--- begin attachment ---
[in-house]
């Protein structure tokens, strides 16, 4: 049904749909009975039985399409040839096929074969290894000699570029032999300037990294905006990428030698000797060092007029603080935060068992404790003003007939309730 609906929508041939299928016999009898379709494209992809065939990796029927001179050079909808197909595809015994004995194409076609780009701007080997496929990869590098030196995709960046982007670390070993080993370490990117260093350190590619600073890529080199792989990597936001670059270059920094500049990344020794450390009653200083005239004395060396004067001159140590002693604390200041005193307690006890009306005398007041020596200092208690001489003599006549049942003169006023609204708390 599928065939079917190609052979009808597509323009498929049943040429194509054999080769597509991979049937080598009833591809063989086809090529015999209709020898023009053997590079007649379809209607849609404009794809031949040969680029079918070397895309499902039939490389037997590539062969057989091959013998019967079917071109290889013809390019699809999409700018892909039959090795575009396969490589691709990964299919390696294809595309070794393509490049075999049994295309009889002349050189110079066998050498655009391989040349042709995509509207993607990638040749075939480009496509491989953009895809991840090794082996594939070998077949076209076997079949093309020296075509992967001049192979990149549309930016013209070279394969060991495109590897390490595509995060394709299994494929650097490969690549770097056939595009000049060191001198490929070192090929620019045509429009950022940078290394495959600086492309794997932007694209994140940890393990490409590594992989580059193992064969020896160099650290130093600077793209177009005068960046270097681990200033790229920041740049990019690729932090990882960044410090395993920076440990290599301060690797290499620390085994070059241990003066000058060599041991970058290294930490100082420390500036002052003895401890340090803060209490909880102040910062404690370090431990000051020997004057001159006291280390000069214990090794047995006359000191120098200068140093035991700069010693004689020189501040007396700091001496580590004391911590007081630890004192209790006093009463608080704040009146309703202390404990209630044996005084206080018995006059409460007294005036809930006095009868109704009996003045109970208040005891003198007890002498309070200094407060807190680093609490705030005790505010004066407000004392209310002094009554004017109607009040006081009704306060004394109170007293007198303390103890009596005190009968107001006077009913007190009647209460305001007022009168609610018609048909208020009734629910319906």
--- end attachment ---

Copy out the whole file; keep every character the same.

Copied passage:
[in-house]
């Protein structure tokens, strides 16, 4: 049904749909009975039985399409040839096929074969290894000699570029032999300037990294905006990428030698000797060092007029603080935060068992404790003003007939309730 609906929508041939299928016999009898379709494209992809065939990796029927001179050079909808197909595809015994004995194409076609780009701007080997496929990869590098030196995709960046982007670390070993080993370490990117260093350190590619600073890529080199792989990597936001670059270059920094500049990344020794450390009653200083005239004395060396004067001159140590002693604390200041005193307690006890009306005398007041020596200092208690001489003599006549049942003169006023609204708390 599928065939079917190609052979009808597509323009498929049943040429194509054999080769597509991979049937080598009833591809063989086809090529015999209709020898023009053997590079007649379809209607849609404009794809031949040969680029079918070397895309499902039939490389037997590539062969057989091959013998019967079917071109290889013809390019699809999409700018892909039959090795575009396969490589691709990964299919390696294809595309070794393509490049075999049994295309009889002349050189110079066998050498655009391989040349042709995509509207993607990638040749075939480009496509491989953009895809991840090794082996594939070998077949076209076997079949093309020296075509992967001049192979990149549309930016013209070279394969060991495109590897390490595509995060394709299994494929650097490969690549770097056939595009000049060191001198490929070192090929620019045509429009950022940078290394495959600086492309794997932007694209994140940890393990490409590594992989580059193992064969020896160099650290130093600077793209177009005068960046270097681990200033790229920041740049990019690729932090990882960044410090395993920076440990290599301060690797290499620390085994070059241990003066000058060599041991970058290294930490100082420390500036002052003895401890340090803060209490909880102040910062404690370090431990000051020997004057001159006291280390000069214990090794047995006359000191120098200068140093035991700069010693004689020189501040007396700091001496580590004391911590007081630890004192209790006093009463608080704040009146309703202390404990209630044996005084206080018995006059409460007294005036809930006095009868109704009996003045109970208040005891003198007890002498309070200094407060807190680093609490705030005790505010004066407000004392209310002094009554004017109607009040006081009704306060004394109170007293007198303390103890009596005190009968107001006077009913007190009647209460305001007022009168609610018609048909208020009734629910319906």